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Three ways public plans responded to outsized market volatility in wake of COVID-19
19 May 2020
eVestment Market Lens is a library of documents, videos and presentations aggregated from thousands of public and corporate plans in the U.S., U.K. and Canada. We look at three different responses from public pensions in the wake of COVID-19, excerpting from these documents.

The market drawdown, brought on by the rapid global spread of COVID-19 and the demand and supply crunch in oil markets, has forced investors to more closely scrutinize their portfolios and monitor their external managers. For institutional investors with predetermined asset allocations, the repricing across asset classes also engendered questions of when and how to bring portfolios back in line with strategic targets. We look at three different responses from public pensions in the wake of COVID-19, excerpting from documents found on our Market Lens platform.

#1: Delaying Forced Rebalancing

Significant equity market declines and relative outperformance from safe assets, most notably long duration Treasuries, pushed many plans’ asset class allocations outside of their allowed ranges. While this would generate rebalancing actions under normal circumstances, certain plans elected to suspend their “forced” rebalancing procedures in the wake of unprecedented volatility. Example below.

These plans reiterated their long investment horizon, indifference to the idea of “timing markets,” and concerns regarding finding bids in a more illiquid market. The sharp market rebound in April and early May have, for the time being, vindicated this approach.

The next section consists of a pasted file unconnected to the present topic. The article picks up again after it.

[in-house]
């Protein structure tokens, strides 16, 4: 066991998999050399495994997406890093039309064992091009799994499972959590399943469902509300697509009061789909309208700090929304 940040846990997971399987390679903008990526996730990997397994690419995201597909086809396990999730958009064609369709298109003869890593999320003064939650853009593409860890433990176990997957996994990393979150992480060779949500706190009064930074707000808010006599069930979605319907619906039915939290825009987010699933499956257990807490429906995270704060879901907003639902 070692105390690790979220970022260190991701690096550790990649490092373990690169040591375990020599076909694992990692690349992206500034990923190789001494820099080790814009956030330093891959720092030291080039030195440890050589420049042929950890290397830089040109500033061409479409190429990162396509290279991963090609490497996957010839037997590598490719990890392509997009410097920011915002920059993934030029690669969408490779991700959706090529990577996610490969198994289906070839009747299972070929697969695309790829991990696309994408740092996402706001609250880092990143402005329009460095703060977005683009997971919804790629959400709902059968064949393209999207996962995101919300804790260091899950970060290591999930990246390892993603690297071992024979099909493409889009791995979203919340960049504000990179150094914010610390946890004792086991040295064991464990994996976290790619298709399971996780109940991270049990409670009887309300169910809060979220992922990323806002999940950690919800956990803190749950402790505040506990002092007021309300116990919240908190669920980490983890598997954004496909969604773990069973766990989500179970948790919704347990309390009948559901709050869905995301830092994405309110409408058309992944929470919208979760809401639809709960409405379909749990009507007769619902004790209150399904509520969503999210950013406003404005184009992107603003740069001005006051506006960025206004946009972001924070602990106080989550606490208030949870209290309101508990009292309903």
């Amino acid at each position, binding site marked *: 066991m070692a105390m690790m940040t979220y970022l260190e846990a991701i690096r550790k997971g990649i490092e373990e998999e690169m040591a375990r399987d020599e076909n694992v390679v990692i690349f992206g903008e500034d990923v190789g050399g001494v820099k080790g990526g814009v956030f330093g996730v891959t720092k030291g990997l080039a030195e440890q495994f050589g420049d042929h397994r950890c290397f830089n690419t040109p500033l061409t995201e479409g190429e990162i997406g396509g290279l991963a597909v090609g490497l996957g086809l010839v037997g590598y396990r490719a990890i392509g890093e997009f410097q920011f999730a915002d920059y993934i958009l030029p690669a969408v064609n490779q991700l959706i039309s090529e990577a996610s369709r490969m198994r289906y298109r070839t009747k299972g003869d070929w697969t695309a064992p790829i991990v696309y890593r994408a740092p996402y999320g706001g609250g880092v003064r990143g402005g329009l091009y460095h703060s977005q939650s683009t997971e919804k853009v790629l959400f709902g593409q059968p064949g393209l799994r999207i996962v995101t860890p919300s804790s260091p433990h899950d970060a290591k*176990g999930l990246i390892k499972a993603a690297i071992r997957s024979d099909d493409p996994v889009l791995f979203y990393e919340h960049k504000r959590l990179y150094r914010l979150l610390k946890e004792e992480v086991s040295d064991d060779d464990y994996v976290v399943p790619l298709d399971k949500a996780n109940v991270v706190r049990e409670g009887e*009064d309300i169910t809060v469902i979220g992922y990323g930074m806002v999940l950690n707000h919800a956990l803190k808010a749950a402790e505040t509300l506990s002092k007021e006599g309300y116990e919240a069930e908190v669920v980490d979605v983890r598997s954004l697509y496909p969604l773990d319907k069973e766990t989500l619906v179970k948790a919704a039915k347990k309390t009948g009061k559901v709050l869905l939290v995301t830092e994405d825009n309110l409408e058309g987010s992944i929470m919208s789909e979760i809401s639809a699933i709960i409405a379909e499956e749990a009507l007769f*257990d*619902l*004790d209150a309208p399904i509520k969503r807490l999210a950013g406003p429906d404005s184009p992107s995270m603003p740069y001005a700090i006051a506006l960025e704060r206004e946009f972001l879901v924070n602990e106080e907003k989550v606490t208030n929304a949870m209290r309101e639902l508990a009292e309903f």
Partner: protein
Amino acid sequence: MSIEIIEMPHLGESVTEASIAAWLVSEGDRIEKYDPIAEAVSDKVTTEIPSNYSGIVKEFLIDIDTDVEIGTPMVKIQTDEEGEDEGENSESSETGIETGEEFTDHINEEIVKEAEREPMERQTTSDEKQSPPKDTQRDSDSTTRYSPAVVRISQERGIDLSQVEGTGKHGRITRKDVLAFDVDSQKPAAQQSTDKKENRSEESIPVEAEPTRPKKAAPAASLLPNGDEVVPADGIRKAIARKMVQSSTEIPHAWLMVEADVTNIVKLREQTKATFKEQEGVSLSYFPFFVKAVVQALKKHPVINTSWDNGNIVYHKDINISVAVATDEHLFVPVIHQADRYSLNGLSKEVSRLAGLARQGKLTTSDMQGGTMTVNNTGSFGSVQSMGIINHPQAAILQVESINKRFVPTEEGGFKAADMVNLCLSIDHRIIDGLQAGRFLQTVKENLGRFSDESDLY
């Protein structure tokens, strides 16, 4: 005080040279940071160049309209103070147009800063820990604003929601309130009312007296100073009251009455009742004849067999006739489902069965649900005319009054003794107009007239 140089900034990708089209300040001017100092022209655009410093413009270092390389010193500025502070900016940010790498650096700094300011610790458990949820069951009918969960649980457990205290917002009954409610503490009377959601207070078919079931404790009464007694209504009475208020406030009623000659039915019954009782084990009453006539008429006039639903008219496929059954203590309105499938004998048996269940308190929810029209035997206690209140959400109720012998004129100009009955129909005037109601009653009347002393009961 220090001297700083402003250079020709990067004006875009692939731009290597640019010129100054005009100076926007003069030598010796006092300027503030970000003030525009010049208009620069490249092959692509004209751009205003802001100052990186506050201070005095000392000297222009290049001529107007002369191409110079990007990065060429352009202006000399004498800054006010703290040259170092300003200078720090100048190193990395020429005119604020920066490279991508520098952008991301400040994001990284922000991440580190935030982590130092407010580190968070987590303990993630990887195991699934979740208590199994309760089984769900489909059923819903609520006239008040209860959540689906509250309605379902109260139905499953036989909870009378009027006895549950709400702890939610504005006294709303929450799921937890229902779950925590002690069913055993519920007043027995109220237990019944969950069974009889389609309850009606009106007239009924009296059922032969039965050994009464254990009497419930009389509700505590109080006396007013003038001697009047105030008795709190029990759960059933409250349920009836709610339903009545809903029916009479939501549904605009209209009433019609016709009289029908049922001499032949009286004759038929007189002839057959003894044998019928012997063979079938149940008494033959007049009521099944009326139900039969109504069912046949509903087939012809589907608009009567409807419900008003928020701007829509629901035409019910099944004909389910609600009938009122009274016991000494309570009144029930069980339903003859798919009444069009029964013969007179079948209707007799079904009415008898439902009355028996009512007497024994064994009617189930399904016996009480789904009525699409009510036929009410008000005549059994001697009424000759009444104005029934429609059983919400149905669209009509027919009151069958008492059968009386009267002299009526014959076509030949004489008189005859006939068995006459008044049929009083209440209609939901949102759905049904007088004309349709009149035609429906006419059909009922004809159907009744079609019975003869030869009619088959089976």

#2: Delegating Authority to Investment Team

Other plans attempted to seize the opportunities available within the current market dislocation, enabling their investment staff to act more quickly than otherwise permitted. These plans articulated the potential need for prompt action in uncertain times and, conversely, the potential benefits in finding alpha opportunities which would contribute to their overall goals at the margin.

We note that the authority given, across the board, was limited in size and scope and still required approval from other parties, albeit in a more expedited manner. We did not see any blank check approaches to delegated authority. Opportunistic investments were a key focus area and we saw a number of commitments made in March and April, particularly in opportunistic fixed income.

#3: Rebalancing via Overlay Strategies

Lastly, we look at plans employing overlay strategies, using futures to rebalance their allocations. These plans touted the benefits of being able to synthetically rebalance, potentially steeply under or overweighted exposures, without interacting in cash markets as outlined below.

We showed three different levers that public pensions utilized, delaying forced rebalancing, delegating authority to investment staff and rebalancing via overlays, to achieve their investment objectives. We also saw a number of more idiosyncratic approaches, catering to plans’ individual circumstances. Given the significant snapback in many markets at time of writing, we look forward to seeing how these plans’ reactions have worked out and evolved.


This information was covered in an eVestment webcast with FundFire. Access the full conversation here.

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